Five steps to smart integration
First, the common political goal of the European Union should be clearly defined. If the goal of building an “ever closer Union” is confirmed, as stated in Art. 1, para. 2 of the Treaty on European Union, then “opting out” of this goal and of the policies that lead to its implementation should not be allowed. (The systematic non-participation in the main policies of the European Union has in practice led to the complete alienation of the United Kingdom from the integration project and to its abandonment.) Moreover, according to Art. 4, para. 3 of the EU Treaty, “pursuant to the principle of sincere cooperation, the Union and the Member States shall, in full mutual respect, assist each other in carrying out tasks which flow from the Treaties”.
Second, on the basis of the general political objective of the European Union, it is necessary to define the specific policies and legislation which should apply to all Member States and for which it is not acceptable to opt out. Only temporary differentiation would be acceptable for countries that are not sufficiently prepared, assisting them to overcome the difficulties. This “foundation” of policies and the corresponding legislation should not be subject to “opting out” by countries which can but do not want to participate. For example, Sweden does not have a non-participation clause in the euro area, as does Denmark, but nonetheless refrains from joining it.
Third, the next step is to carefully identify the areas in which differentiation is acceptable. Differentiated integration should be the “second best solution” and applied only when it will contribute to overcoming obstacles, will be beneficial to the whole integration project and will not lead to the progressive fragmentation of the European Union.
Fourth, the transformation of differentiated integration into “smart” integration implies clearly defined objectives of the policies and a careful study of the potential negative effects on countries that remain outside it. When pragmatism requires its implementation, the ultimate goal of smart integration should be the inclusion of more and more countries and the full participation of all Member States. Achieving this ultimate goal depends on both its successful implementation and the provision of “permeability” by those already involved. Smart integration needs an appropriate institutional model for its implementation, in order not to affect the general interest of the European Union, as well as to ensure transparency in decision-making processes. This type of integration should only be seen as a necessary step in order to make more effective and timely decisions and speed up the integration project.
Fifth, last but not least, a very important step in achieving the goals of smart integration is convincing the citizens and creating positive public opinion. One of the important merits of the SMART approach is that it focuses on goals and stimulates discussion about these goals. After all, part of the value of SMART goals is that they focus people on the act of setting goals and prompt discussion of these goals with others—which in and of itself holds merit (Rubin 2002). Clear, concrete, albeit difficult goals lead to better performance than vague but easy goals. The public opinion should be convinced that this approach is not a way to create first-class and second-class EU membership.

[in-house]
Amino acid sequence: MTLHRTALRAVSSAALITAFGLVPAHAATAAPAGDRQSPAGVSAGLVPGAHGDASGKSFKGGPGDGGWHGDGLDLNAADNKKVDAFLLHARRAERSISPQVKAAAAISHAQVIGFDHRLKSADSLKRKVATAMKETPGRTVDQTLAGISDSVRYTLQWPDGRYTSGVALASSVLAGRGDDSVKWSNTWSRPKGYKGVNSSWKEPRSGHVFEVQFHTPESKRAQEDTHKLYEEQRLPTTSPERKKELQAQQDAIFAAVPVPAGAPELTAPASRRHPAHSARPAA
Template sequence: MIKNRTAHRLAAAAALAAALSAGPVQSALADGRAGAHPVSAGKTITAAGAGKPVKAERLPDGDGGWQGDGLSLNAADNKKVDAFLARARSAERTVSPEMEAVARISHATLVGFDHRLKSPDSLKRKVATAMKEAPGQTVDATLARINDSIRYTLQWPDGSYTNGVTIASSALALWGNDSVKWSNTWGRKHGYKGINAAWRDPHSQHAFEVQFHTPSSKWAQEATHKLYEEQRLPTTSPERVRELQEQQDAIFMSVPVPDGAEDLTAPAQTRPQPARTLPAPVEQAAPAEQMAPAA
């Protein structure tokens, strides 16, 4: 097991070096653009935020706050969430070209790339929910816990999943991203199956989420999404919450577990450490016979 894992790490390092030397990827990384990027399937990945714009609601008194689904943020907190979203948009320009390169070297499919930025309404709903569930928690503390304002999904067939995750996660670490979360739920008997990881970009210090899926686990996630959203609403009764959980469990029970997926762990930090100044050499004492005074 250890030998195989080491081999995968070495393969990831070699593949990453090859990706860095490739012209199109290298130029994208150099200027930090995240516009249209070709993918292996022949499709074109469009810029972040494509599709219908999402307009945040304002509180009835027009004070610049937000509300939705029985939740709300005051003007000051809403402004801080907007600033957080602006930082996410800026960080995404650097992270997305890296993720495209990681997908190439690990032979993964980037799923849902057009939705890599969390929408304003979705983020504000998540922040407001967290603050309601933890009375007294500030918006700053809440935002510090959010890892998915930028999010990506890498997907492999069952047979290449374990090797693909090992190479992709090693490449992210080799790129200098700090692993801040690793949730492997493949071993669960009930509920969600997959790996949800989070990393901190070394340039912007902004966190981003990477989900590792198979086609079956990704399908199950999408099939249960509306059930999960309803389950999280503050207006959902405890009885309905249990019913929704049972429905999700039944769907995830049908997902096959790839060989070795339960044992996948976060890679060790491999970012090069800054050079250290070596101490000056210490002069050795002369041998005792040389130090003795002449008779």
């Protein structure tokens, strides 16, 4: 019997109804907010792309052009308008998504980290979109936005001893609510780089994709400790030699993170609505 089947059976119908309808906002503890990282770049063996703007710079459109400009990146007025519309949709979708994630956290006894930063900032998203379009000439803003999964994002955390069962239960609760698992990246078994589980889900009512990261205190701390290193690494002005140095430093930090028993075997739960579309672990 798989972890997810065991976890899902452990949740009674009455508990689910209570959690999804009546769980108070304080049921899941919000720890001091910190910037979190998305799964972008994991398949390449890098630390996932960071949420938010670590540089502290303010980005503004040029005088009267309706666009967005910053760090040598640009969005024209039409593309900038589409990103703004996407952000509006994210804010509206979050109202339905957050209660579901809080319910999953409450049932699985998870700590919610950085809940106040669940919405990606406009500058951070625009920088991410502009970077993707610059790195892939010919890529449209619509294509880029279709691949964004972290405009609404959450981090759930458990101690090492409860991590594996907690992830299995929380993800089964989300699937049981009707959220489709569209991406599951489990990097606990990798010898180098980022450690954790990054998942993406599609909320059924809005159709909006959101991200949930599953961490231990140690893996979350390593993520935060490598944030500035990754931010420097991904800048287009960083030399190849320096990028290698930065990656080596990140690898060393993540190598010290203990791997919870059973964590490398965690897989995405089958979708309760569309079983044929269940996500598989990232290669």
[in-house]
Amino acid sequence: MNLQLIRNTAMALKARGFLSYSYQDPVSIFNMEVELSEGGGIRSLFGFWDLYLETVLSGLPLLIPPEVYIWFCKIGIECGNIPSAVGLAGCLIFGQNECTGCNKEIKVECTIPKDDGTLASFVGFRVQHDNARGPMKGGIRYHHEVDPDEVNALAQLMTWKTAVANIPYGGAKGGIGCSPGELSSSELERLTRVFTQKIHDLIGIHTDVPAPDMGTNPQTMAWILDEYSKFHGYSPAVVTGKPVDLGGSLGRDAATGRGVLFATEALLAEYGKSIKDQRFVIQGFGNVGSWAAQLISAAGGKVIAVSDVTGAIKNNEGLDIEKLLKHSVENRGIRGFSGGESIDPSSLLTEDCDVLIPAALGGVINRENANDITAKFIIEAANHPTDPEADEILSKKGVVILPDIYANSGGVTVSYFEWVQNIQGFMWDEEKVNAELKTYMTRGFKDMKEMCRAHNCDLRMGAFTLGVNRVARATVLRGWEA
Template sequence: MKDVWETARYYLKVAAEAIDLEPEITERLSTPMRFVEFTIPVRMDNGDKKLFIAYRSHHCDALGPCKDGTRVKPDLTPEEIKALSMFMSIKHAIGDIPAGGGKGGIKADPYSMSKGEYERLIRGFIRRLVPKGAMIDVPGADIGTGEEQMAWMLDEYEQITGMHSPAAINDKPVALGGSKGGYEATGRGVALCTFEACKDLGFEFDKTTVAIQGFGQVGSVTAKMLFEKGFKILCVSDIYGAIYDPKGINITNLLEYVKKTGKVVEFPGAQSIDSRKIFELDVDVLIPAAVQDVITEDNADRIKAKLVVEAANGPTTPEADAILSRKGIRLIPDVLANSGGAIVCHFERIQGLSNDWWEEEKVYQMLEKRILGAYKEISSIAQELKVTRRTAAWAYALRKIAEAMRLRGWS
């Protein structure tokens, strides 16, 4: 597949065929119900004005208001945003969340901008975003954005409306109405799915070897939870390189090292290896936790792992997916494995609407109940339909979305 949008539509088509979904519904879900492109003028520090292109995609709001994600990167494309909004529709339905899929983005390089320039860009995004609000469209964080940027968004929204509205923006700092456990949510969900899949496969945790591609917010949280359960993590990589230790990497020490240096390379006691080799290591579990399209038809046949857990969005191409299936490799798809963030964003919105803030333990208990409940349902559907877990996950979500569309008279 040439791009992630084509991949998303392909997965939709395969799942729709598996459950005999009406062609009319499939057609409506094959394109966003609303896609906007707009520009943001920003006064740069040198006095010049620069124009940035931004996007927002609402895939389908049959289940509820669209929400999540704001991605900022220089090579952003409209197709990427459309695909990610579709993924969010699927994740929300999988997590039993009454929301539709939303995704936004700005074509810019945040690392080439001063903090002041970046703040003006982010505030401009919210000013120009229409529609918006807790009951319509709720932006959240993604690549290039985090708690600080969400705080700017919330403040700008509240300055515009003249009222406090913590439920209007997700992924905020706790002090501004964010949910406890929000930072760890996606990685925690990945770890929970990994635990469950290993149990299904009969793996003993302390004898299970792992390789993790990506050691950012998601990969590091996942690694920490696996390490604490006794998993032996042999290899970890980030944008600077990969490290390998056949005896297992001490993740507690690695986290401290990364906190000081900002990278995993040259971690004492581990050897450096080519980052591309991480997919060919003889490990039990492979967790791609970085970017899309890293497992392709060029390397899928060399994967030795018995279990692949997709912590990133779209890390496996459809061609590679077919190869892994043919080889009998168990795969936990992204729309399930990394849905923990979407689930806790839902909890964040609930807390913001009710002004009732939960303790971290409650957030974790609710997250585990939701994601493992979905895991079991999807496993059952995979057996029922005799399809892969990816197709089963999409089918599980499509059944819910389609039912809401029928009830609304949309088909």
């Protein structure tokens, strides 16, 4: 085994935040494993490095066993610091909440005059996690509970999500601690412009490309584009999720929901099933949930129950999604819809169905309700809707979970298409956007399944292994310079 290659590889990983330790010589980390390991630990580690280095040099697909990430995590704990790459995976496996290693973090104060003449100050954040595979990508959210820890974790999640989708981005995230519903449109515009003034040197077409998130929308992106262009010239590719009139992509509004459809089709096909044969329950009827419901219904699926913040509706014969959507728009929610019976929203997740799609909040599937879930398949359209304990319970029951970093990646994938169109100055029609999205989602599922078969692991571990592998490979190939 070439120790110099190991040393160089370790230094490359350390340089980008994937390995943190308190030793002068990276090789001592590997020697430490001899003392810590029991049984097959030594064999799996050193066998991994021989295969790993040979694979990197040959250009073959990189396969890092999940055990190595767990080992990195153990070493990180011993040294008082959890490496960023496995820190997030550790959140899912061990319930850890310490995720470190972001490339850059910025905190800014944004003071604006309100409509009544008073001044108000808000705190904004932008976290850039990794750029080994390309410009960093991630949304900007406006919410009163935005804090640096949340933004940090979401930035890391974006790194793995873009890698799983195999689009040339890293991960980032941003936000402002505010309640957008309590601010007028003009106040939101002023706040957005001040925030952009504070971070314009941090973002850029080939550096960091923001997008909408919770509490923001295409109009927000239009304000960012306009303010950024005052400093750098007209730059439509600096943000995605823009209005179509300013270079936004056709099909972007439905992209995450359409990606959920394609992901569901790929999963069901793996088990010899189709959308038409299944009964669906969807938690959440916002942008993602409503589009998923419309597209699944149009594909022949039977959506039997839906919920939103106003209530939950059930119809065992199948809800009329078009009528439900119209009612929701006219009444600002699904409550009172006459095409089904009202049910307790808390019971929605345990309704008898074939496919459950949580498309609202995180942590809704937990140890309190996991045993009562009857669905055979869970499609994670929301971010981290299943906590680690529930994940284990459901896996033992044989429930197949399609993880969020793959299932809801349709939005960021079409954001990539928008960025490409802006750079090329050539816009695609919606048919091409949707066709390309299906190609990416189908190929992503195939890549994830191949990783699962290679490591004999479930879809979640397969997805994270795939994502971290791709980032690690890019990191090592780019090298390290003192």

In recent decades, European integration has not only deepened and expanded significantly, but has also become increasingly differentiated. Whether we call it flexible, differentiated or “smart” integration, it must be applied cautiously, intelligently and purposefully in order to see in the future European Union the good face of the two-faced Janus.
Ingrid Shikova, Sofia University “St. Kliment Ohridski” and EU IDEA Advisory Board.
T. Doran, “There’s a S.M.A.R.T. Way to Write Management’s Goals and Objectives”, in Management Review, Vol. 70, No. 11 (1981), p. 35-36
Drucker, Management Challenges for the 21st Century, Routledge, 2007
A. Locke, “Toward a Theory of Task Motivation and Incentives”, in Organizational Behavior and Human Performance, Vol. 3, No. 2 (1968), p. 157-189
A. Locke and G. P. Latham, A Theory of Goal Setting and Task Performance, Upper Saddle River, NJ, Prentice-Hall, 1990
Rubin, “Will the Real SMART Goals Please Stand Up?”, in The Industrial-Organizational Psychologist, Vol. 39, No. 4 April (2002), p. 26-27
Shikova, “From Differentiated to Smart Integration”, in 20 Years of the European Studies Department: Compilation of Articles, St. Kliment Ohridski University Press (2019), p. 23-48